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National staff bank urgently needed for NHS Wales

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Health boards in Wales should create an “all-Wales bank” as part of efforts to reduce reliance on agency staff, according to a major NHS workforce review.

The establishment of a national staff bank “as a matter of urgency” was among 40 separate recommendations from the independent review, set up by the Welsh government last year.

“Now is the time to focus on strengthening our NHS workforce”

Tina Donnelly

Led by David Jenkins, chair of Aneurin Bevan University Health Board, the review saw an expert panel explore issues such as pay and new ways of working.

It flagged up over-reliance on agency staff as a major issue that must be addressed to reduce “risks to quality” and the “excessive financial pressures” on the NHS.

“The increasing dependence on agency and locum staff to remedy supply deficits was highlighted by the majority of respondents,” said the review’s report, which was based on evidence from staff, managers, unions and others.

“This was widely regarded as unsustainable and unacceptable and, while the panel is aware of work being undertaken within Wales to address the costs associated with locum and agency staff, a more immediate response is required,” it said.

The creation of an “all-Wales” bank was proposed by the Royal College of Nursing, which said nurses who signed up should be guaranteed a 37.5 hour week contract.

“This would ensure unplanned absences across Wales were covered by a workforce that could be moved within its geographical area at times of immediacy and slightly further afield when known staff challenges are going to present,” said the RCN in its submission to the review.

The panel called for health boards to work together to change existing bank arrangements so staff like nurses could move between organisations.

At the same time, boards should review bank employment terms to ensure they were “sufficiently attractive” to potential employees.

They should also “consider the effectiveness of overtime payments” as a way of reducing reliance on “premium-rate agency staff”.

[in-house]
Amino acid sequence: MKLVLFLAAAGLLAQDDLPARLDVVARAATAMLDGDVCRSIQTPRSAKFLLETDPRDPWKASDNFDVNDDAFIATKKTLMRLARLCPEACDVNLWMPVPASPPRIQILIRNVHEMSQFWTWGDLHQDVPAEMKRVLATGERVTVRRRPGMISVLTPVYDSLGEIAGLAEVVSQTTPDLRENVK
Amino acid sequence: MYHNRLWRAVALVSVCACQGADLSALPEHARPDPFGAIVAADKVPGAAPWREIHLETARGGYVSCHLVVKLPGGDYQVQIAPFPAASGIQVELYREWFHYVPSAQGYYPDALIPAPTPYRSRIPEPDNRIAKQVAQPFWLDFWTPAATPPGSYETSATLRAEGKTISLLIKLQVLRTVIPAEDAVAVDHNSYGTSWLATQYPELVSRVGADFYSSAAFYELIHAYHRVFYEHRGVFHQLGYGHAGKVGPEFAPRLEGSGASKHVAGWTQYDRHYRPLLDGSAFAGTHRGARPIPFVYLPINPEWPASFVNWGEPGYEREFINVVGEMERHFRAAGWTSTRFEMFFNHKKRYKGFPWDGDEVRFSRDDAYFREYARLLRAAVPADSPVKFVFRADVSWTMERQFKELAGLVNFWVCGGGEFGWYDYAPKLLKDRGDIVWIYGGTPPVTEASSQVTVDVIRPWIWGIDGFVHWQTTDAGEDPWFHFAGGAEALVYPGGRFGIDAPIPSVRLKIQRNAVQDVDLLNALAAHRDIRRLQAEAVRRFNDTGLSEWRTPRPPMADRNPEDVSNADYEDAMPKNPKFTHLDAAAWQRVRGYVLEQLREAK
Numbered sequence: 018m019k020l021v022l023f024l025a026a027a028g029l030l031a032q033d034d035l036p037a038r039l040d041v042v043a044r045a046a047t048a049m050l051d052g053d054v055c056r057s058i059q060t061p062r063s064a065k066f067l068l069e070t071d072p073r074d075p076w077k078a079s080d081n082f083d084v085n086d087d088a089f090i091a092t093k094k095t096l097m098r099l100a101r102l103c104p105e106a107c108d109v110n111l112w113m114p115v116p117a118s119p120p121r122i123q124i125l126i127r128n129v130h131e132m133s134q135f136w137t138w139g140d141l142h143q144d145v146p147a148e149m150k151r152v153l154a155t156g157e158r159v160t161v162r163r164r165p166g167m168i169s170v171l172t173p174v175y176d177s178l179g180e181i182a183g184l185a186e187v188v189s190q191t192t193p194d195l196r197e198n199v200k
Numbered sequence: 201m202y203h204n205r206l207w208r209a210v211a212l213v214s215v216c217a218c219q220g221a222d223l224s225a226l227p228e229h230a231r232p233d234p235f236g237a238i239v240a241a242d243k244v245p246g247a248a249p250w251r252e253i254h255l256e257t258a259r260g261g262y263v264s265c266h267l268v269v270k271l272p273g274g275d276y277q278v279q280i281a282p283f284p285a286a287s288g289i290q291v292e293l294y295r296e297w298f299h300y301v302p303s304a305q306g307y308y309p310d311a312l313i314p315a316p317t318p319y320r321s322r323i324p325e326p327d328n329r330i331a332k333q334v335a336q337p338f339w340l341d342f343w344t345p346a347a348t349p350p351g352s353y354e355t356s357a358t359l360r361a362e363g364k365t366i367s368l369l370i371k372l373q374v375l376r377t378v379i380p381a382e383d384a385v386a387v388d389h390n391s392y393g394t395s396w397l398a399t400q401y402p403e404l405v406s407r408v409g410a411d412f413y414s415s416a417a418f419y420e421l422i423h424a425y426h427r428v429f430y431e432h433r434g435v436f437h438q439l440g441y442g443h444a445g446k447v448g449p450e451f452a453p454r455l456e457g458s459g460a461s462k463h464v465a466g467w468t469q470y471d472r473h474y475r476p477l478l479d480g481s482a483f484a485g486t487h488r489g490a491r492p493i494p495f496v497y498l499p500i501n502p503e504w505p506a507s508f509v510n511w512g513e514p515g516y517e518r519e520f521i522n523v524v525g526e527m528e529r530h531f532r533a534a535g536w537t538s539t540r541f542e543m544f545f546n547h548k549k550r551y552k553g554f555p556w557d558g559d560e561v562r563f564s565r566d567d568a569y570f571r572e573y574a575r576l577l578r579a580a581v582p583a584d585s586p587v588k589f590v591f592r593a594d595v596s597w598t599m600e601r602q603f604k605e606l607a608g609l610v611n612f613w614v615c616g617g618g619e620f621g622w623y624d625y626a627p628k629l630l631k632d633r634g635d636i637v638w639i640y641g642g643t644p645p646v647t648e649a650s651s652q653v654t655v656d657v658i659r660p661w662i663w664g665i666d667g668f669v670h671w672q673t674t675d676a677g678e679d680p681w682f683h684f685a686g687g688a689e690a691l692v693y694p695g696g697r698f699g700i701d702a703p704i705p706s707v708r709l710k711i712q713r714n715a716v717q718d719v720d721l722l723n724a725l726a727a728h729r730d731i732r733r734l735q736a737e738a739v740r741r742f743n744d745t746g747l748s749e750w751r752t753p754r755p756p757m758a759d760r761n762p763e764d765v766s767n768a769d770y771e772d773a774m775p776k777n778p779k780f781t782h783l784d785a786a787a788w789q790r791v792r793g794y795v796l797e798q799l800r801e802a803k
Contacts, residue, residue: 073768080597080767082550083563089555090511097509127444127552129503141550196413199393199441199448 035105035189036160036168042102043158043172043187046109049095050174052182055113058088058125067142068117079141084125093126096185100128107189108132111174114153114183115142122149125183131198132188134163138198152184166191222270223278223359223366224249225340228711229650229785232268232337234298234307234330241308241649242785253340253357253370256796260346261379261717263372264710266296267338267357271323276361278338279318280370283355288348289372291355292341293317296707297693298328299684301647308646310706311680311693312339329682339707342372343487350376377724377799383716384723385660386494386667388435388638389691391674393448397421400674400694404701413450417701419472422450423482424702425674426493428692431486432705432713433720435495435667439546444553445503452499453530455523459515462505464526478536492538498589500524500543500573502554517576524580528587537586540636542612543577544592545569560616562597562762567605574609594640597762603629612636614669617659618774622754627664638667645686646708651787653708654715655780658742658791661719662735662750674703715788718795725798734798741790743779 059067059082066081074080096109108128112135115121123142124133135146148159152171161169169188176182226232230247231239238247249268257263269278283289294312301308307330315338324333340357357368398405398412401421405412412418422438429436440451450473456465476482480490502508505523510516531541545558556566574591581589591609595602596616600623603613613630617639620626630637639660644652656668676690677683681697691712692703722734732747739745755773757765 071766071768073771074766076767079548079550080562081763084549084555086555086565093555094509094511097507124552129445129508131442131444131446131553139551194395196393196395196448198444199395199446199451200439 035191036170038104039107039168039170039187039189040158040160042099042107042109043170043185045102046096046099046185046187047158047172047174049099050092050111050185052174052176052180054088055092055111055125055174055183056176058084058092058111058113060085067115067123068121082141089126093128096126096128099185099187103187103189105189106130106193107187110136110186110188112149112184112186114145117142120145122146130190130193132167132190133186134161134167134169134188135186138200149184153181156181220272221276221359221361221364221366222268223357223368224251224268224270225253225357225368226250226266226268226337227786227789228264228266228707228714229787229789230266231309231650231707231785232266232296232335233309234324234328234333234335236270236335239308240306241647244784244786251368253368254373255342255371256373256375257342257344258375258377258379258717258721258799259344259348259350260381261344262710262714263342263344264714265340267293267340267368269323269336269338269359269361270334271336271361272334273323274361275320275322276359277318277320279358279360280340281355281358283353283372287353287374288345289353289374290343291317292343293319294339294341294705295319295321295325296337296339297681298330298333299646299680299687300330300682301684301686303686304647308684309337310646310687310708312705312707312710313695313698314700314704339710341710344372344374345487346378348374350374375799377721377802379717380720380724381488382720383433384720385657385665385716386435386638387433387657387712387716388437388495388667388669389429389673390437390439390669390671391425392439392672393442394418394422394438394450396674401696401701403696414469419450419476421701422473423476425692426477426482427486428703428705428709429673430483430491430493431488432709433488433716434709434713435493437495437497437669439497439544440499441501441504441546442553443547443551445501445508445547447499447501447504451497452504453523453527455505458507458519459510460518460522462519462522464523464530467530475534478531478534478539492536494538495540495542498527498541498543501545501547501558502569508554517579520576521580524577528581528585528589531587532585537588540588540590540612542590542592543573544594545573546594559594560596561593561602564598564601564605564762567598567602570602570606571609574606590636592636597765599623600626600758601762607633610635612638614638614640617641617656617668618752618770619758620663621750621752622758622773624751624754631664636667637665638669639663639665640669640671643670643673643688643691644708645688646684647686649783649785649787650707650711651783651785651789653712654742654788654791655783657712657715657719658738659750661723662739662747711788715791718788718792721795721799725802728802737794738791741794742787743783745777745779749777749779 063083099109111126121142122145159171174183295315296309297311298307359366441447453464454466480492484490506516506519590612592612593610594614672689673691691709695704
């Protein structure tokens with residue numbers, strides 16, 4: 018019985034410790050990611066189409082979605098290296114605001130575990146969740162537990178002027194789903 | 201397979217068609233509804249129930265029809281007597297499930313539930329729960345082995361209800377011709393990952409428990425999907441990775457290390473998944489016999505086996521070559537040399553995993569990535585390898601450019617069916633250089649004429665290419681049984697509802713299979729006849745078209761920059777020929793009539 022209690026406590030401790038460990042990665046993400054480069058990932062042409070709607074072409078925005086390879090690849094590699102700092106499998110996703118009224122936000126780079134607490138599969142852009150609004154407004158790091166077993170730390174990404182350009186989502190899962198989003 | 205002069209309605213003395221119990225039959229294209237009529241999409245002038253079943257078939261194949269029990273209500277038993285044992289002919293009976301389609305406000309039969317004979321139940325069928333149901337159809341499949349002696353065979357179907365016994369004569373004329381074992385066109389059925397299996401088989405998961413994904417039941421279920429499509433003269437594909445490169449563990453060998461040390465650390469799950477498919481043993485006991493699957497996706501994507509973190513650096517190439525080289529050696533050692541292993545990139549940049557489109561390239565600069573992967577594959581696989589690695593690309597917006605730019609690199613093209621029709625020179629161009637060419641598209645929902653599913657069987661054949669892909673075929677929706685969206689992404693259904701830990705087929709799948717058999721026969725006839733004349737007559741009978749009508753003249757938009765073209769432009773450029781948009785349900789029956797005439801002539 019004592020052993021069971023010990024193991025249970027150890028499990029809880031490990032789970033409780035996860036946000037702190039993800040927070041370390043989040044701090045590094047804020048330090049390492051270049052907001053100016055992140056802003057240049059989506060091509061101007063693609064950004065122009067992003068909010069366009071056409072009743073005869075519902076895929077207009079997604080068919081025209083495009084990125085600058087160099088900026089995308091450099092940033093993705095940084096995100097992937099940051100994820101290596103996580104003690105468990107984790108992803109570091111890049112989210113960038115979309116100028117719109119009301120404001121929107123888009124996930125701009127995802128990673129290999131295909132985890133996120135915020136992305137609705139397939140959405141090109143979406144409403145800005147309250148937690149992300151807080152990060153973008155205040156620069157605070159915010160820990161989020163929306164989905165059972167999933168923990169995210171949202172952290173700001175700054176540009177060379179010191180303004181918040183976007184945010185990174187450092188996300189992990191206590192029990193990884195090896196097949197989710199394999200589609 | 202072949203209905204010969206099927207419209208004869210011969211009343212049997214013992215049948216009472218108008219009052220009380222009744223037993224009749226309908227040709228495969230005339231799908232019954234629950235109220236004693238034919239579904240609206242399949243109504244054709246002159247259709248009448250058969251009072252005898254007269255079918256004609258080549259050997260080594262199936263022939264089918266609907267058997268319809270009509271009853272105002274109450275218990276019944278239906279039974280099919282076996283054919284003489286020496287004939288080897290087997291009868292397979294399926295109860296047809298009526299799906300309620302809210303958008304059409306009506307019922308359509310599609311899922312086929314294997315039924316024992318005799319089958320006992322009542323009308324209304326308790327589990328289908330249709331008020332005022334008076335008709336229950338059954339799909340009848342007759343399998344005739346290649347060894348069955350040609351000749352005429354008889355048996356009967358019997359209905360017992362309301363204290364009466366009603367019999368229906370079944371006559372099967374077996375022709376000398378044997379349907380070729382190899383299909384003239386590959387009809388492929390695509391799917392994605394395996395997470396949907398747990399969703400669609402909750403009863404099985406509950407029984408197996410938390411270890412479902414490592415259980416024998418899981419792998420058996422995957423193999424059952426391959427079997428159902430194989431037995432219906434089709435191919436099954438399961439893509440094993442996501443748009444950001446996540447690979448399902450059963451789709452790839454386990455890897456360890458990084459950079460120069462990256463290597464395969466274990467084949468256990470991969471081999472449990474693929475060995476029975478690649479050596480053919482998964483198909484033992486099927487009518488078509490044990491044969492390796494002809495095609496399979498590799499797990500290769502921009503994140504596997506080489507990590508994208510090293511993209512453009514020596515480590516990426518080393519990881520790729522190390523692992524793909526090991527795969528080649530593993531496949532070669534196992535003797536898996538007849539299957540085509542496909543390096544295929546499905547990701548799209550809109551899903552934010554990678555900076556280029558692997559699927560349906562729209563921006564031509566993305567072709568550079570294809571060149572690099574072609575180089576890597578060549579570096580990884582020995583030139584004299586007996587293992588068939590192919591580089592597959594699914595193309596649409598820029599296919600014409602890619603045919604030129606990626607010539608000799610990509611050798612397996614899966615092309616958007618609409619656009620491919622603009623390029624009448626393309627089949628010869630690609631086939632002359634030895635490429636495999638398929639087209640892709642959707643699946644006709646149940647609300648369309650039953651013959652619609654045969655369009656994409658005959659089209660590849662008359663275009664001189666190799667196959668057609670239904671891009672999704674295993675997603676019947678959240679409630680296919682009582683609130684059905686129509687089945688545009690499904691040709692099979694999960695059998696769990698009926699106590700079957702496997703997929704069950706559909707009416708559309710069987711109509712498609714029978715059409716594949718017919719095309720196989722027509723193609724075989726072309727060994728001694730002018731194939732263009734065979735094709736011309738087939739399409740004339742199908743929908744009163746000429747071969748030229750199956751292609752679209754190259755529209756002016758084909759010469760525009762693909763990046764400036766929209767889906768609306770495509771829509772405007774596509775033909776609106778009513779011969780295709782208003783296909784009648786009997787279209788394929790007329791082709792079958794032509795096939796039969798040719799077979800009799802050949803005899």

Aneurin Bevan University Health Board

National staffing bank urgently needed for NHS Wales

David Jenkins

However, the review highlighted the importance of non-financial incentives when it came to recruiting and retaining staff – such as good training opportunities.

It said “learning contracts” should be offered to existing staff, trainees and others considering coming to work for the NHS in Wales.

“Career development and skill enhancement can serve as a clear demonstration that staff are valued and counter the issues that are contributing to some of the morale problems among the workforce,” stated the report.

In addition, the review said the government should work with boards and education authorities to look at how the NHS could make the best use of apprenticeship schemes.

On the matter of pay, the review concluded the NHS in Wales should stick to UK-wide terms and conditions under the Agenda for Change contract.

But it said there was a need to review salaries for those in executive and senior posts – not including doctors and dentists – to eliminate “distortions”, with some senior managers being paid above the maximum of their pay band.

When it came to new ways of working, the panel said the Welsh government needed to set out a clear vision for bringing together health and social care services.

Meanwhile, it highlighted that it was vital health and social care staff were able to jointly discuss and influence the development of integrated services.

The report, which comes ahead of Welsh Assembly elections in May, was welcomed by the RCN.

Royal College of Nursing Wales

National staffing bank urgently needed for NHS Wales

Tina Donnelly

“Nurses and healthcare support workers make up the largest group of NHS employees,” said RCN Wales director Tina Donnelly.

“We were pleased to see the importance of UK-wide terms and conditions for healthcare staff working in the NHS and the value of equal pay,” she said.

“Also, the recommendations offer a strong emphasis on integration of health and social care,” added Ms Donnelly.

“It is essential any integration of services strengthens services rather than fragment them,” she said. “Now is the time to focus on strengthening our NHS workforce. We look forward to working with the next Welsh government.”

According to latest workforce figures published yesterday, the total number of nursing, midwifery and health visiting staff has increased by 383 to 28,684 since 2014.

There are now 20,873 qualified nurses and 1,319 registered midwives.

 

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